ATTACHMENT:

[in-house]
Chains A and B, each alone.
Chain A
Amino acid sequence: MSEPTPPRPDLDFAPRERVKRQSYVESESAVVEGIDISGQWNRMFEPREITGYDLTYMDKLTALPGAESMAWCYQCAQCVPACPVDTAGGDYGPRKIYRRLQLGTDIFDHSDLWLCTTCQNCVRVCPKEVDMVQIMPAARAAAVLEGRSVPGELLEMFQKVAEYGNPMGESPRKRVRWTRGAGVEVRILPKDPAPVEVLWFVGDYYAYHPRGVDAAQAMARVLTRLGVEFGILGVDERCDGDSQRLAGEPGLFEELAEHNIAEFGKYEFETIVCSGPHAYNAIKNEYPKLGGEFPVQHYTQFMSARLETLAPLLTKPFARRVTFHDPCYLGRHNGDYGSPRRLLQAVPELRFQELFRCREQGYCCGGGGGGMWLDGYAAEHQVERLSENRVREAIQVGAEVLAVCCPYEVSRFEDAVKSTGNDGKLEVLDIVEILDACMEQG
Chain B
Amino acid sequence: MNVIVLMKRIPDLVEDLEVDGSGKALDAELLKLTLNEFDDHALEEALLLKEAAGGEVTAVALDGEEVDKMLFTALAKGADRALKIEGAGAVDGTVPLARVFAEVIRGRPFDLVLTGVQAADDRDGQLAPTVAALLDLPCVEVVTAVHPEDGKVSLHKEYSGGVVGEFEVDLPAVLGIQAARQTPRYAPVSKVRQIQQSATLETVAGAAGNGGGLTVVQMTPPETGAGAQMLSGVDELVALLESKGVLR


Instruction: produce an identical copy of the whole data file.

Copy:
[in-house]
Chains A and B, each alone.
Chain A
Amino acid sequence: MSEPTPPRPDLDFAPRERVKRQSYVESESAVVEGIDISGQWNRMFEPREITGYDLTYMDKLTALPGAESMAWCYQCAQCVPACPVDTAGGDYGPRKIYRRLQLGTDIFDHSDLWLCTTCQNCVRVCPKEVDMVQIMPAARAAAVLEGRSVPGELLEMFQKVAEYGNPMGESPRKRVRWTRGAGVEVRILPKDPAPVEVLWFVGDYYAYHPRGVDAAQAMARVLTRLGVEFGILGVDERCDGDSQRLAGEPGLFEELAEHNIAEFGKYEFETIVCSGPHAYNAIKNEYPKLGGEFPVQHYTQFMSARLETLAPLLTKPFARRVTFHDPCYLGRHNGDYGSPRRLLQAVPELRFQELFRCREQGYCCGGGGGGMWLDGYAAEHQVERLSENRVREAIQVGAEVLAVCCPYEVSRFEDAVKSTGNDGKLEVLDIVEILDACMEQG
Chain B
Amino acid sequence: MNVIVLMKRIPDLVEDLEVDGSGKALDAELLKLTLNEFDDHALEEALLLKEAAGGEVTAVALDGEEVDKMLFTALAKGADRALKIEGAGAVDGTVPLARVFAEVIRGRPFDLVLTGVQAADDRDGQLAPTVAALLDLPCVEVVTAVHPEDGKVSLHKEYSGGVVGEFEVDLPAVLGIQAARQTPRYAPVSKVRQIQQSATLETVAGAAGNGGGLTVVQMTPPETGAGAQMLSGVDELVALLESKGVLR